POINTE-À-PITRE, FRANCE — In Guadeloupe and Martinique, the two main French islands in the Caribbean, obituaries are traditionally read by radio anchors during popular segments that last about 20 minutes every day.
But as the two islands battle a fourth wave of the coronavirus pandemic, radio stations have had to make space for obituary segments that now can last up to an hour, with 60 deaths announced per day.
While the rise in COVID-19 infections in mainland France over the summer caused fewer hospitalizations and deaths than the previous waves, a failed vaccination campaign in the islands, hindered by distrust in national authorities — especially on health matters — led to what doctors on the ground call “a war scene.”
The contrast between islands and mainland is stark: 62.9 percent of the overall French population is fully vaccinated as of August 25. On the islands, it’s a third of that. Only about 22.5 percent of people aged over 12 are now fully immunized in Martinique, and about 20 percent in Guadeloupe, which both have slightly under 400,000 inhabitants.
In Guadeloupe, the pandemic registered a “slight decline” but remains “serious,” Valerie Denux, director general of Guadeloupe’s regional health agency, said in a statement.
Local authorities on the island said they have surpassed 6.000 cases last week with 336 new patients in hospitals. The number of intensive care beds has been tripled (92 beds) and 26 patients were evacuated to mainland on August 25. In one week, 115 people died.
This has led authorities on both islands to extend their lockdown, closing beaches and shops selling non-essential items. Tourists, who flocked to the islands’ sandy shores in June and July, flew back for the most part. Those who are still there are advised to leave.
“If we needed proof that the vaccination is the best response to the [faster-spreading] Delta variant, unfortunately the Antilles have provided, if I can put it this way, a cruel proof,” President Emmanuel Macron said during a cabinet meeting.
On social media, Health Minister Olivier Véran appealed for volunteer doctors and nurses to travel to Guadeloupe and Martinique, where he said hospitals were “overflowing.” In two weeks, almost 500 doctors, nurses and firefighters went to Guadeloupe and Martinique.
On a Facebook group created to discuss the pandemic in Guadeloupe and other French Caribbean islands, dozens of health care workers vent about how exhausted they are, but also respond to questions and comments on vaccines.
“The situation is catastrophic, like a war scene. We are unable to contain the wave,” one Dr Mabchour wrote to the group in a post imploring readers to get vaccinated.
According to an inquiry from Guadeloupe’s regional health agency, “20 percent [of the island’s population] want to get vaccinated but 40 percent are still waiting to know more about side effects or the vaccine itself,” Denux explained.
Echoes of chlordecone
Islanders often cite the “chlordecone affair” as a cause of their distrust. This poisonous pesticide, also known under the Kepone brand, was used in banana plantations on both islands until 1993 despite being identified as a carcinogen by the World Health Organization in 1979 and banned in France in 1990.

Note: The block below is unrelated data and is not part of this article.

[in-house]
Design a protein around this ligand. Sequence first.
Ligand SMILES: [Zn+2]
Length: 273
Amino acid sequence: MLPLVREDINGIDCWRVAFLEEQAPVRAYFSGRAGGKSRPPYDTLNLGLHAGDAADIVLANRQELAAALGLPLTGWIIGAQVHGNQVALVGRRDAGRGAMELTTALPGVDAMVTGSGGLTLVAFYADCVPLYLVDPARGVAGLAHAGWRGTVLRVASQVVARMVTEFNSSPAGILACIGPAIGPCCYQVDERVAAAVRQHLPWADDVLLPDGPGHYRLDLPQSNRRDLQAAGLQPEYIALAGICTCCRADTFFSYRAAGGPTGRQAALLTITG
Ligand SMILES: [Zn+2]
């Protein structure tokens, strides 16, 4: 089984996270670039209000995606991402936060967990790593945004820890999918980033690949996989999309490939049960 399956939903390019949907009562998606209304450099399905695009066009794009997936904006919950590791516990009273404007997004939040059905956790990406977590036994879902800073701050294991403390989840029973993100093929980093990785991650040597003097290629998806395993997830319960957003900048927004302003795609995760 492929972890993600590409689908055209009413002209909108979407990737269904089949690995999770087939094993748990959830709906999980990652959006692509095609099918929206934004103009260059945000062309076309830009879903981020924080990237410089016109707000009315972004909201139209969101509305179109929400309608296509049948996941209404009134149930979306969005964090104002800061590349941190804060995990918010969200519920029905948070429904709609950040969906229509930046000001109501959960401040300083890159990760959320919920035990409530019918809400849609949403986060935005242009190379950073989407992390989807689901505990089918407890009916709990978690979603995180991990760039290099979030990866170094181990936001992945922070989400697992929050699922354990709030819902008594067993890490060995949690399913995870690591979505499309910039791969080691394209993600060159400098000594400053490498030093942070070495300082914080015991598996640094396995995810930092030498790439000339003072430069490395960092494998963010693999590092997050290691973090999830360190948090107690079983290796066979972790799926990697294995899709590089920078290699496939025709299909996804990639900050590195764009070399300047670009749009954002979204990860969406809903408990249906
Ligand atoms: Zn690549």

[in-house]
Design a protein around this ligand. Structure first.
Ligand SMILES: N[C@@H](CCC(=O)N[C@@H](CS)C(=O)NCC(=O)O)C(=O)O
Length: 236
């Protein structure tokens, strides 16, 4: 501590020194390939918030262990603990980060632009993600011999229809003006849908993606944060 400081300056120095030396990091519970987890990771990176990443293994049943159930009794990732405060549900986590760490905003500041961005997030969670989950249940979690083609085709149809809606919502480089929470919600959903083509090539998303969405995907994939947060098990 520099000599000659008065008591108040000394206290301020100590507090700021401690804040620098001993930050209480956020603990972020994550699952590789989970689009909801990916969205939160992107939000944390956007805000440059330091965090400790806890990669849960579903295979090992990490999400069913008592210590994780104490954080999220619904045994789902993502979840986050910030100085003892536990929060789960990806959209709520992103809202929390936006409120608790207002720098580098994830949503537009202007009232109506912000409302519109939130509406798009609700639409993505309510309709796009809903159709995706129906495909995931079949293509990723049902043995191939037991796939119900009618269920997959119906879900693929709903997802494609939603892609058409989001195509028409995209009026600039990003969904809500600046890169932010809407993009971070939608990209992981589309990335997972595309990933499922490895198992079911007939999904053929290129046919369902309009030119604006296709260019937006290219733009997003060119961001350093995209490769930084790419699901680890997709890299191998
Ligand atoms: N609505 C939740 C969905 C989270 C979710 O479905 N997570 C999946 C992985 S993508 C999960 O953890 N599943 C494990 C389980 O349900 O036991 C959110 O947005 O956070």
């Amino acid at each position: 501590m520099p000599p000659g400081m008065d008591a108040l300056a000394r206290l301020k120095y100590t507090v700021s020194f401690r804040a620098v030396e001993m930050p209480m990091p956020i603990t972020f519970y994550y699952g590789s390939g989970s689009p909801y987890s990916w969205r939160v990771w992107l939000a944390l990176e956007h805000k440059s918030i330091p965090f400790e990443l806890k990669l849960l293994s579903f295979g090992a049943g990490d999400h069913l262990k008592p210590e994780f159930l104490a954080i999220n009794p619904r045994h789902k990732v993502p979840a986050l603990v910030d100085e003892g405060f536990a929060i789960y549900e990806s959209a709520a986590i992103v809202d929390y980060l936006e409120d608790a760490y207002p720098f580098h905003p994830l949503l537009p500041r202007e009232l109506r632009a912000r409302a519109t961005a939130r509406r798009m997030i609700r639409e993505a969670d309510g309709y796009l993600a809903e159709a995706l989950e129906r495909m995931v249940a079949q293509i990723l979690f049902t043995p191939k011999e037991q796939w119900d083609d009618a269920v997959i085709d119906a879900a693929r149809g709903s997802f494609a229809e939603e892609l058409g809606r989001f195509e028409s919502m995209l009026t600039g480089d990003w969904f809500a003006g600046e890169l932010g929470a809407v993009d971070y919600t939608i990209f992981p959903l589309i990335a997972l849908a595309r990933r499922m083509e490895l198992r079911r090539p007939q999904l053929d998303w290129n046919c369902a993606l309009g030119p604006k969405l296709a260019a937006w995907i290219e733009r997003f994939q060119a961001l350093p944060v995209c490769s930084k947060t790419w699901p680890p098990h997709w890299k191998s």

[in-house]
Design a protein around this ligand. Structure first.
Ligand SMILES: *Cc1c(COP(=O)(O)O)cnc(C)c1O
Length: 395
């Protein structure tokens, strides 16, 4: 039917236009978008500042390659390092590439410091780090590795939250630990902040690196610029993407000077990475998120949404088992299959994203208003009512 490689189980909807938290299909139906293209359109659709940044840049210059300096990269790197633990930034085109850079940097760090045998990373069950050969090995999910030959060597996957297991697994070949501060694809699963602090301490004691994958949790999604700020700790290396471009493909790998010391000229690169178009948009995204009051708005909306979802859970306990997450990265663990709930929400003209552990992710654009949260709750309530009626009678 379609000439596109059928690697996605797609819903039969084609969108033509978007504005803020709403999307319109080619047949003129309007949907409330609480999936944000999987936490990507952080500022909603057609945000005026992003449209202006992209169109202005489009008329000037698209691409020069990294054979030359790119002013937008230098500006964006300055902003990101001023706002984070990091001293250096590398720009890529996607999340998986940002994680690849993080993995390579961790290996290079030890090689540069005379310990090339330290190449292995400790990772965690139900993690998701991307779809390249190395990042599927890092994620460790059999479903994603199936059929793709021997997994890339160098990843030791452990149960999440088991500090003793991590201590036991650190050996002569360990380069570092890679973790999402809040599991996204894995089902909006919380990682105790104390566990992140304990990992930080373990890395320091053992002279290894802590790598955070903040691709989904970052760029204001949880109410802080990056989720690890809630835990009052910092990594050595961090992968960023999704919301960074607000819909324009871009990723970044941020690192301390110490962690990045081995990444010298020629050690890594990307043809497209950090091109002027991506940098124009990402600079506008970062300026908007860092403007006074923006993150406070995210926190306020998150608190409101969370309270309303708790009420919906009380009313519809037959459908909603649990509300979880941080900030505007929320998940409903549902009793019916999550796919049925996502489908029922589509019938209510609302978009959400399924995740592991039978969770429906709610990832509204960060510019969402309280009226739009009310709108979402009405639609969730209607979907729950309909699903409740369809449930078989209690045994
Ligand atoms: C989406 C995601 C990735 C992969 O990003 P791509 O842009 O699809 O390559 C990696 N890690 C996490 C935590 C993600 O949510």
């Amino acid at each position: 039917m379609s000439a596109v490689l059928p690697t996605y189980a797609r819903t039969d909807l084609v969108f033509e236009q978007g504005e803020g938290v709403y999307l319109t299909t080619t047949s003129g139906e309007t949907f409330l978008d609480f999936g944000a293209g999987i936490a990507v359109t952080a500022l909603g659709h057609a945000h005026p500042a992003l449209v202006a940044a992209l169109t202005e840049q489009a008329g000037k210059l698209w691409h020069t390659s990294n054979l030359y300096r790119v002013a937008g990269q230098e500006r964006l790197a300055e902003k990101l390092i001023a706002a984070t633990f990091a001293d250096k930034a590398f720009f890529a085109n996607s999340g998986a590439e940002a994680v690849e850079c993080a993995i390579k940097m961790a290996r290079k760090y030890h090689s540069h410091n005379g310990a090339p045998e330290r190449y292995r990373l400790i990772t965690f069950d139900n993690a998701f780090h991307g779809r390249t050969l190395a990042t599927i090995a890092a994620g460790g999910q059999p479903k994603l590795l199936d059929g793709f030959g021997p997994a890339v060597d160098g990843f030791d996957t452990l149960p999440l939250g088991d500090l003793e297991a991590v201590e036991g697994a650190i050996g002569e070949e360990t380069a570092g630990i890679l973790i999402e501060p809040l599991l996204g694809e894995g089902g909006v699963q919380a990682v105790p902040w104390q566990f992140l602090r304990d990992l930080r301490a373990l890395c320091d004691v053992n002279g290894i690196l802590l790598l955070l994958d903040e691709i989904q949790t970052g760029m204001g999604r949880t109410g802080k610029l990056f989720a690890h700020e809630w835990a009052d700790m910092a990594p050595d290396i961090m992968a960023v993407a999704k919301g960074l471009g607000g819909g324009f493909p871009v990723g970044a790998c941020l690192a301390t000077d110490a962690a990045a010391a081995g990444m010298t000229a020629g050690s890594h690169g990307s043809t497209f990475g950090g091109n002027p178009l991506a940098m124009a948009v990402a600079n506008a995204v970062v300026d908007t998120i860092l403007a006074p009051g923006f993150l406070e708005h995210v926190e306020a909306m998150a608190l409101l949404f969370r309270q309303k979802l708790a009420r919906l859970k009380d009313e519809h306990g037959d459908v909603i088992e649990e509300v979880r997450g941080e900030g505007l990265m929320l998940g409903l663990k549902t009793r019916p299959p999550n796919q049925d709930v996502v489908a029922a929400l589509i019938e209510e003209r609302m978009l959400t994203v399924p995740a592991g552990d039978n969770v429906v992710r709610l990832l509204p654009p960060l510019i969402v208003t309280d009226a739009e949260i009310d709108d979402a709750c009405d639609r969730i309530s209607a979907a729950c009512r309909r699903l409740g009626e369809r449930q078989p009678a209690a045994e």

More than 90 percent of the adult population of Guadeloupe and Martinique has been exposed to the poison, according to the French ministry of health. A study from the French National Institute of Health and Medical Research states that chlordecone is strongly suspected of increasing the risk of prostate cancer. Martinique holds the world record for this type of cancer with 227 cases for 100,000 inhabitants.
“The government lied about chlordecone affair. At the beginning of the pandemic government members said it was not necessary to wear a mask, and now it is, even if we are vaccinated. They are always lying. I don’t trust them anymore and I don’t want to be forced to be vaccinated,” a 30-year-old local who asked to be named Mickael at the Pointe-à-Pitre airport.
The distrust is reinforced by misinformation circulating on social networks and messaging apps. When Jacob Desvarieux, a legend of a popular local musical genre known as “zouk,” died at 56 of COVID-19 despite having received three vaccination doses, rumors ran rife that it was possible to die from a “vaccine overdose.” He had been immunocompromised after a liver transplant.
“A lot of fake news is circulating on social networks and this is unacceptable for health care teams from Guadeloupe or those who came to support us and who are living an unprecedented situation,” said Christine Wilhem, director of the Basse-Terre hospital in Guadeloupe in a statement.
Denux, cites another factor: “It is important not to overlook the cultural aspect, which tends to be opposed to vaccination and prefers plant-based traditional remedies.”
Traditional remedies are highly popular in the Antilles. Since last February, sales of an herbal syrup (Virapic) presented as a “miracle medicine” against COVID-19 have exploded.
However, no evidence-based studies have been published confirmed this possibility.
On Thursday afternoon, some people trickle into the Pointe-à-Pitre airport, where Guadeloupe’s main vaccination center is located.
Russel, a 32-year-old man who said he “didn’t feel the need to do it before,” is one of them.
“I don’t follow the news every day but when I heard they was medical workers coming from overseas to help, I knew that things were really bad and I was glad I made that choice,” he said after getting his shot on August 26. “Because I don’t know how much more our medical system can withstand.”
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